By Maria Perez
Russia’s attempts to interfere in U.S. elections are “one of the most serious attacks” on the nation since September 11, 2001, Senator Angus King said Wednesday.
“This is a serious threat,” said King, an independent from Maine who caucuses with the Democratic Party, during CNN’s New Day. “It’s one of the most serious attacks on our country since September 11.”
King’s remarks come after officials told Senate Intelligence Committee leaders on Tuesday that they were working to prevent hacking during the November midterm elections. “There should be no doubt that Russia perceived its past efforts as successful and views the 2018 midterm elections as a potential target for Russian influence operations,” Dan Coats, director of National Intelligence, told the Senate Intelligence Committee.
King, a member of the Senate Intelligence Committee, became frustrated during the hearing and said lawmakers must persuade Trump to take action. “We cannot confront this threat, which is a serious one, with a whole of government response when the leader of the government continues to deny it exists,” said King.
He said the U.S must do more to protect itself from being attacked again. “There are no repercussions. We have no doctrine of deterrents. How are we ever going to get them to stop doing this if all we do is patch our software and try to defend ourselves?” King said.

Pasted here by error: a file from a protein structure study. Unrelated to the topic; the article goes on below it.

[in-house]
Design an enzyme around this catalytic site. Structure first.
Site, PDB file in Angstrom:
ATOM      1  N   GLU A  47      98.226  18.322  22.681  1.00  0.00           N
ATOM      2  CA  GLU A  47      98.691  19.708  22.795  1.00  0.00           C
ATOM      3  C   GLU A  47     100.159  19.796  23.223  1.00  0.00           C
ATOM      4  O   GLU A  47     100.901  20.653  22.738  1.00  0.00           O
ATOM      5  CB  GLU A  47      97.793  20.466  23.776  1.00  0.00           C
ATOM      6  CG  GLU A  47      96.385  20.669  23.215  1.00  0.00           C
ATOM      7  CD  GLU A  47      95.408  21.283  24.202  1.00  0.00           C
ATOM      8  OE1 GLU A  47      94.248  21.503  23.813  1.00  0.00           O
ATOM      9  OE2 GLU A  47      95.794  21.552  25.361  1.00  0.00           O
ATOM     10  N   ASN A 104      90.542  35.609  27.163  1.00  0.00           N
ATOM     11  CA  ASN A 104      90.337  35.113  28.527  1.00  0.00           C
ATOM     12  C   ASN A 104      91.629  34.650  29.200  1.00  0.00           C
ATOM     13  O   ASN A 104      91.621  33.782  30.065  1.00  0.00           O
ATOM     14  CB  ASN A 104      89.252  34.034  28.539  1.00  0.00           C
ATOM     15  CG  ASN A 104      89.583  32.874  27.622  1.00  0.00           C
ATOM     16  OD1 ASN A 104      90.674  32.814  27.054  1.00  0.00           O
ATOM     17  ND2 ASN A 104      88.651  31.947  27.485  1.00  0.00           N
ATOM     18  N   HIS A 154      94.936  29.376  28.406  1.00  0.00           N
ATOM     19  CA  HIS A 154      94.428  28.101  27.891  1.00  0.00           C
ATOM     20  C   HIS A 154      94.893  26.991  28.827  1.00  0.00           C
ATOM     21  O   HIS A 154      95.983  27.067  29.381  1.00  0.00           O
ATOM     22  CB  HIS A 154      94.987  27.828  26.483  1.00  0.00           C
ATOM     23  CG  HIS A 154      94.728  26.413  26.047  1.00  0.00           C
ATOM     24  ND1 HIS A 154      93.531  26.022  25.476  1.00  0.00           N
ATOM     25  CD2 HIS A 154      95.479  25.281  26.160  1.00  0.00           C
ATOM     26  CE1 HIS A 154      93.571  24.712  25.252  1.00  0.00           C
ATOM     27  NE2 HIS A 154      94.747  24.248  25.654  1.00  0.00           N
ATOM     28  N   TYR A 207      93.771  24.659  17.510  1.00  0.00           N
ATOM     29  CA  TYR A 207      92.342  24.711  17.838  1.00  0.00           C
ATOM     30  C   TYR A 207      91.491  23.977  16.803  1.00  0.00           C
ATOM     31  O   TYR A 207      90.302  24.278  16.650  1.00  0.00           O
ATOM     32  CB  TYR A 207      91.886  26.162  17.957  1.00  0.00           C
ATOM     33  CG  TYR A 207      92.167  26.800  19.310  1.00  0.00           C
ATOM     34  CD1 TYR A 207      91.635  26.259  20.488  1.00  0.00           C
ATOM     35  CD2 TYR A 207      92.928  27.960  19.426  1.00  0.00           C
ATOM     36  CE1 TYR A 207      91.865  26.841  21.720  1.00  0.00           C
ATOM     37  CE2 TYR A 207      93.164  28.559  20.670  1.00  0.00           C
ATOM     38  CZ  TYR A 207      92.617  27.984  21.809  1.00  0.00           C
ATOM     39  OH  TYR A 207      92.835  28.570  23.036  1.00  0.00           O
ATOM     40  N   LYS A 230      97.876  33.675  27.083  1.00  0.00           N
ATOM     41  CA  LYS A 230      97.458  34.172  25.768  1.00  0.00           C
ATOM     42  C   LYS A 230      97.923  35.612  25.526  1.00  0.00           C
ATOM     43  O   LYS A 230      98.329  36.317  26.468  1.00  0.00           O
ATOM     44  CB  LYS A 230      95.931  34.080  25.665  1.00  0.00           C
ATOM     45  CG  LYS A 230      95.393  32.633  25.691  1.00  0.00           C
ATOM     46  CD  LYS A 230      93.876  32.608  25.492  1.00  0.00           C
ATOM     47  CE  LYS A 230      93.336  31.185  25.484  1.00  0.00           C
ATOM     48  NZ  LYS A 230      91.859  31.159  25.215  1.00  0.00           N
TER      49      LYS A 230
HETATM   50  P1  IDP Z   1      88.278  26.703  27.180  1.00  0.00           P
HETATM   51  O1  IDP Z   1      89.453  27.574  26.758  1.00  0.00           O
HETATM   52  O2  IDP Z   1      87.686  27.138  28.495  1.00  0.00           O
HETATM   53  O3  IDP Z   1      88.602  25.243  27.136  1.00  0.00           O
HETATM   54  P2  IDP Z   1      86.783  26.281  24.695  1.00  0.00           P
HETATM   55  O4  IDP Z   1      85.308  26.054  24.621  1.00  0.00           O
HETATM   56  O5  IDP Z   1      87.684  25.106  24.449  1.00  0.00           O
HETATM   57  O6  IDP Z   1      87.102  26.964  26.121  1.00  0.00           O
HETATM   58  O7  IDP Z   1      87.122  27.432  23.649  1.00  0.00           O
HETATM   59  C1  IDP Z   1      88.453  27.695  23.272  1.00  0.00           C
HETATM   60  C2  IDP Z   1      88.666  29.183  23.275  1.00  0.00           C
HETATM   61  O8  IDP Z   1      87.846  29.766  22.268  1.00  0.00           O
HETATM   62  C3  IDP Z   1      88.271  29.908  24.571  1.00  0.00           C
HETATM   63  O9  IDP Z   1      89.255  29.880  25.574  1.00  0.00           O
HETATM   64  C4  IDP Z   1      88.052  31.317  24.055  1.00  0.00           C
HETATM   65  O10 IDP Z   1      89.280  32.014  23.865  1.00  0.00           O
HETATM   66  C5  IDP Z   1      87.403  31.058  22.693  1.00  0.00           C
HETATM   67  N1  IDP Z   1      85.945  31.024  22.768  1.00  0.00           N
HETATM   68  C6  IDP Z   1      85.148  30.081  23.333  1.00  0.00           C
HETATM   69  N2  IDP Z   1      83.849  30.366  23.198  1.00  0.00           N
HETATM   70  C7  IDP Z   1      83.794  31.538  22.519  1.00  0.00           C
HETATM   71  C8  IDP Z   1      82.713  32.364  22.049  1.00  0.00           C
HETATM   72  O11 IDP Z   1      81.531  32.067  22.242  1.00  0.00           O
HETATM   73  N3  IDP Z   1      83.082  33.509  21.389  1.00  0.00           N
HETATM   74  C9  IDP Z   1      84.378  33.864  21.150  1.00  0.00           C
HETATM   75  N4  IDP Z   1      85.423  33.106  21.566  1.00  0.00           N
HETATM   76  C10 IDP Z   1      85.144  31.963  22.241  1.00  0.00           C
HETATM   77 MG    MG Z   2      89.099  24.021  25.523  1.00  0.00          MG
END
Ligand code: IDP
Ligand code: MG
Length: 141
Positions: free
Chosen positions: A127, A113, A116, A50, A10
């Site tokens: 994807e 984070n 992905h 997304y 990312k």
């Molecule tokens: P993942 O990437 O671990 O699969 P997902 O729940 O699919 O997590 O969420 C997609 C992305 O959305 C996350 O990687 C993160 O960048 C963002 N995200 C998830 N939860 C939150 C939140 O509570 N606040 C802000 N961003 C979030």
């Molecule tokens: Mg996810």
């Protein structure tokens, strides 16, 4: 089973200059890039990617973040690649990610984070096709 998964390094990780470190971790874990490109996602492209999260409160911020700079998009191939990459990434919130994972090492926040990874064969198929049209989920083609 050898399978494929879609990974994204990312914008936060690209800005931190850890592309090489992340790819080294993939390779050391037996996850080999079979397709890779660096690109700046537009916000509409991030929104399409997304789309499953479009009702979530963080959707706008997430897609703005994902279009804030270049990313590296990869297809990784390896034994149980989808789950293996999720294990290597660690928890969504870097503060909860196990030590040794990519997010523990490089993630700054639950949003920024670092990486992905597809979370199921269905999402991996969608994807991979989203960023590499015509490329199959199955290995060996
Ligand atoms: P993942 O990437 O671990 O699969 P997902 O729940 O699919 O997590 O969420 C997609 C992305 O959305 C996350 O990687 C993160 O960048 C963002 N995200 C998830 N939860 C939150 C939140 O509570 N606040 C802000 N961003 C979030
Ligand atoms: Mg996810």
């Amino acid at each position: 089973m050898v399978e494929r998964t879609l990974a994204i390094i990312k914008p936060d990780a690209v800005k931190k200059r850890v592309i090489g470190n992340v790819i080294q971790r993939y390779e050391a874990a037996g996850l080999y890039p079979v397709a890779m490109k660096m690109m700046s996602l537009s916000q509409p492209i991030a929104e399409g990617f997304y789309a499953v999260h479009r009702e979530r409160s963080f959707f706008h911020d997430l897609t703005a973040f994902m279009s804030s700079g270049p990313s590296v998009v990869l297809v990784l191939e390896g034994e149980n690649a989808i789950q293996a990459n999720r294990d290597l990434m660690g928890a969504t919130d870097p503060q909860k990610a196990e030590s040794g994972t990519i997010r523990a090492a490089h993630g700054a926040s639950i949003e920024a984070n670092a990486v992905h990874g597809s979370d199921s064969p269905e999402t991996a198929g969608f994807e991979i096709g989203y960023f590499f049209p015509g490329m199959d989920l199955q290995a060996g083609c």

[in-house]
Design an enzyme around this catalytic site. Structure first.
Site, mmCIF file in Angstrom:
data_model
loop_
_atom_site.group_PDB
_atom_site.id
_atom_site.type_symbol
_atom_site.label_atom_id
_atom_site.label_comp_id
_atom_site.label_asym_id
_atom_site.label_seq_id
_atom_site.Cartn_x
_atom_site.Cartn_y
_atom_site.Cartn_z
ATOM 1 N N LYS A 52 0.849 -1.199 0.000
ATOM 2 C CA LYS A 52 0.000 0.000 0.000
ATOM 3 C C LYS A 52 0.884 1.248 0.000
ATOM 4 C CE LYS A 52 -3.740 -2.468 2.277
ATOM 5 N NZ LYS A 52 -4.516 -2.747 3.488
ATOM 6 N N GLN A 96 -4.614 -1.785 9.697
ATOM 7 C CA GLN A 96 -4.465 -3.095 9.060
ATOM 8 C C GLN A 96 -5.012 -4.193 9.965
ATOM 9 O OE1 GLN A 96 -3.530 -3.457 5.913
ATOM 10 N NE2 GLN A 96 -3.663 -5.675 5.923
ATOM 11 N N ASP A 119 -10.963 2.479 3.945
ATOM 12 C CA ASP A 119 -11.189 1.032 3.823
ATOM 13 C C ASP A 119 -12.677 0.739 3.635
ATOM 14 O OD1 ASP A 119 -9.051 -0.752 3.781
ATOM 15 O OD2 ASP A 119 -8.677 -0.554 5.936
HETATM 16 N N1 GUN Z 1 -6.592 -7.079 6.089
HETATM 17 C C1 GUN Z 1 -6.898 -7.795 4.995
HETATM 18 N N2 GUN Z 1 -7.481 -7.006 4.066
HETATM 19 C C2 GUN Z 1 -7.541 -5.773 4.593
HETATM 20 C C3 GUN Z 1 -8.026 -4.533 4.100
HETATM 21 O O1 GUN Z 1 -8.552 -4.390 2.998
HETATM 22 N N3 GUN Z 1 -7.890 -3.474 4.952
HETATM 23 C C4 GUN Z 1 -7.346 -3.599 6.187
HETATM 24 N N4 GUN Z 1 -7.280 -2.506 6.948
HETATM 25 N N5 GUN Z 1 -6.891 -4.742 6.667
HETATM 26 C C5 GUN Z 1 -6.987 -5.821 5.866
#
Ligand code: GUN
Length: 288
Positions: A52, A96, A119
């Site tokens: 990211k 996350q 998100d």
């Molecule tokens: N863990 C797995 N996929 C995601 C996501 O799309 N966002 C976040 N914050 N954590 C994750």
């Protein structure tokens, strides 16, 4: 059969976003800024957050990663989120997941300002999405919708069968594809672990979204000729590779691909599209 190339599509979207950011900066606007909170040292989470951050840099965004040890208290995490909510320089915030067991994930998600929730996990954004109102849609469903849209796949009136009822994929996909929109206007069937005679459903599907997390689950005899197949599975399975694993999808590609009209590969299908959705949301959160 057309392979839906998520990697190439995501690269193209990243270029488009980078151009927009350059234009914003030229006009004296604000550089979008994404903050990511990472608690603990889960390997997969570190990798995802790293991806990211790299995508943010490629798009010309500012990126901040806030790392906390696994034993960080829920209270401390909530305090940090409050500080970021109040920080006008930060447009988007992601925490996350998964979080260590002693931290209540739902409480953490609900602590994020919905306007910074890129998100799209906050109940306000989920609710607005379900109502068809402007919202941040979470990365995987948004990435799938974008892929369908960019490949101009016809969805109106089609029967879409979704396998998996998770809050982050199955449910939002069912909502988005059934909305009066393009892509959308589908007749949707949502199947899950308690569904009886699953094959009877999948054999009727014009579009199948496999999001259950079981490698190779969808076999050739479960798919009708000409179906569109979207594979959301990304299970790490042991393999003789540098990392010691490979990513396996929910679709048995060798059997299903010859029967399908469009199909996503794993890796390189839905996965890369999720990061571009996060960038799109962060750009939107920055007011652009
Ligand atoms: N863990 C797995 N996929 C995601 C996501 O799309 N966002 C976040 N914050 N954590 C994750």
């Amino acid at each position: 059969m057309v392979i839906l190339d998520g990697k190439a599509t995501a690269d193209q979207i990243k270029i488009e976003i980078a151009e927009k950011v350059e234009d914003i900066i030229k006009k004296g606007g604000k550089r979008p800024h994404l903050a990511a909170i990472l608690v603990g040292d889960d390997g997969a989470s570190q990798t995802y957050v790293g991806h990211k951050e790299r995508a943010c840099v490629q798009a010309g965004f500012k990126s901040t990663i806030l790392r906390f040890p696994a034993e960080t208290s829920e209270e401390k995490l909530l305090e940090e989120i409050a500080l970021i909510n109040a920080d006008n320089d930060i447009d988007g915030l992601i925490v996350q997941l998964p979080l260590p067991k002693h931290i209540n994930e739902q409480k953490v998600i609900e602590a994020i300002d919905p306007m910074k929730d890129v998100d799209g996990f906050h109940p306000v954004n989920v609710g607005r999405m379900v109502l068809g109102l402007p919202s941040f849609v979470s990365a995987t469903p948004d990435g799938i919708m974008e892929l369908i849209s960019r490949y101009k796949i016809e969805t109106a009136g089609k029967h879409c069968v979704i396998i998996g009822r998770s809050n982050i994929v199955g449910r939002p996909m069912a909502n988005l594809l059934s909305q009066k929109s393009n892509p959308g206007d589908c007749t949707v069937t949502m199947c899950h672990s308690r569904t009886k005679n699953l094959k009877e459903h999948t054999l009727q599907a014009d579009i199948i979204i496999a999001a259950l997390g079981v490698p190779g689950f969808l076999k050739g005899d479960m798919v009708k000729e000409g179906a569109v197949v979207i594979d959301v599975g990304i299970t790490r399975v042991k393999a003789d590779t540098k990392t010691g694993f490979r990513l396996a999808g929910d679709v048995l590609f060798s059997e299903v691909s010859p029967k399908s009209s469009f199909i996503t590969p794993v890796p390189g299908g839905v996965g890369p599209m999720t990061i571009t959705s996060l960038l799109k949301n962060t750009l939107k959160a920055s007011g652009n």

King said while he “understands the president’s reluctance” to acknowledge that Russia interfered in the 2016 election because it could raise questions about his own White House victory, Trump cannot dismiss the Russian threat to the nation’s electoral integrity. He suggested the Trump administration start by requesting interim reports between government agencies on election interference.
“I’m not berating the president, I’m urging the president because I think he could separate these two issues,” he said.
Intelligence officials have warned the White House in recent months that Russian interference remains a threat ahead of the 2018 and 2020 elections, but Trump has largely denied such concerns during his public remarks.
The 9/11 terrorist attacks killed 2,977 people in New York, the Pentagon and in Pennsylvania after four commercial airliners were hijacked.